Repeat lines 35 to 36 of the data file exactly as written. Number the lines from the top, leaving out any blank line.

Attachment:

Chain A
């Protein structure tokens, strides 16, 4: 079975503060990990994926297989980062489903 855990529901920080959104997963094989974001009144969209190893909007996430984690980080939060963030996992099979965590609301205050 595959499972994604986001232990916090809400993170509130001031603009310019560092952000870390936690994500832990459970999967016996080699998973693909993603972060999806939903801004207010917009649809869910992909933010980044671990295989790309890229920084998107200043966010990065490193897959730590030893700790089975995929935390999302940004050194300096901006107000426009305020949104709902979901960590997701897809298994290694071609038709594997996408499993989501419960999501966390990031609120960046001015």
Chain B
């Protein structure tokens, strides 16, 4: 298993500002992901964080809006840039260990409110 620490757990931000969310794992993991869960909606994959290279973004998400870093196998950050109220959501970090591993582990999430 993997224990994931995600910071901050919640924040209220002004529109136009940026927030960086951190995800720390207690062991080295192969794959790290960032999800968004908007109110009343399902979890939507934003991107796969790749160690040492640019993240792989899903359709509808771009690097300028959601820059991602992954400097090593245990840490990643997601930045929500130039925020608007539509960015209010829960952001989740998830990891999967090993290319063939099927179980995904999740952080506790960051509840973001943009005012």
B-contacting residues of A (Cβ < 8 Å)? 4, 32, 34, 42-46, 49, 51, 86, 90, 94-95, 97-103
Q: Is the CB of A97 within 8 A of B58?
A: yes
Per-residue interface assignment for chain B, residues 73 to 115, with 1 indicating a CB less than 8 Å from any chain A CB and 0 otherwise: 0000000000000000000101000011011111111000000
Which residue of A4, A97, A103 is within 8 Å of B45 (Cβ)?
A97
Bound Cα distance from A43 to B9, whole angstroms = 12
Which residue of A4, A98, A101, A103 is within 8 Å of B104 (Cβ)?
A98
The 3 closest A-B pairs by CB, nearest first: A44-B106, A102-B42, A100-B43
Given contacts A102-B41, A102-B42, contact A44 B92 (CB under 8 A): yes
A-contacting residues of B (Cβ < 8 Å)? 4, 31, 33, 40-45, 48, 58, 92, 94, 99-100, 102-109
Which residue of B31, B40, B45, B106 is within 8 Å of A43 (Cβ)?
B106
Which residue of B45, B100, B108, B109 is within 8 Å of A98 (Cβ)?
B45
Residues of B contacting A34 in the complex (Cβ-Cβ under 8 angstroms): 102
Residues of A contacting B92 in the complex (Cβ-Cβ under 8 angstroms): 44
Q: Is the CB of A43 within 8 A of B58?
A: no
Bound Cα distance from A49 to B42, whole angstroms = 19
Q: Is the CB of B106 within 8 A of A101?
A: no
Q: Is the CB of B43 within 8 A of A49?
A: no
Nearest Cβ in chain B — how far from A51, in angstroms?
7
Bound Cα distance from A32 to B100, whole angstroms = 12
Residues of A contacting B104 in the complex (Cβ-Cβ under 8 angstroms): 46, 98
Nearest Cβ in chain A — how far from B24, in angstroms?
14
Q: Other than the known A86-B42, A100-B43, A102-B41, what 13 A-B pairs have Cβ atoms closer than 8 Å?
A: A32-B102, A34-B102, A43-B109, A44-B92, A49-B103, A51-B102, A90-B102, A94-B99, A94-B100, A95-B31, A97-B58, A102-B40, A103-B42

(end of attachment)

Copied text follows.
14
Q: Other than the known A86-B42, A100-B43, A102-B41, what 13 A-B pairs have Cβ atoms closer than 8 Å?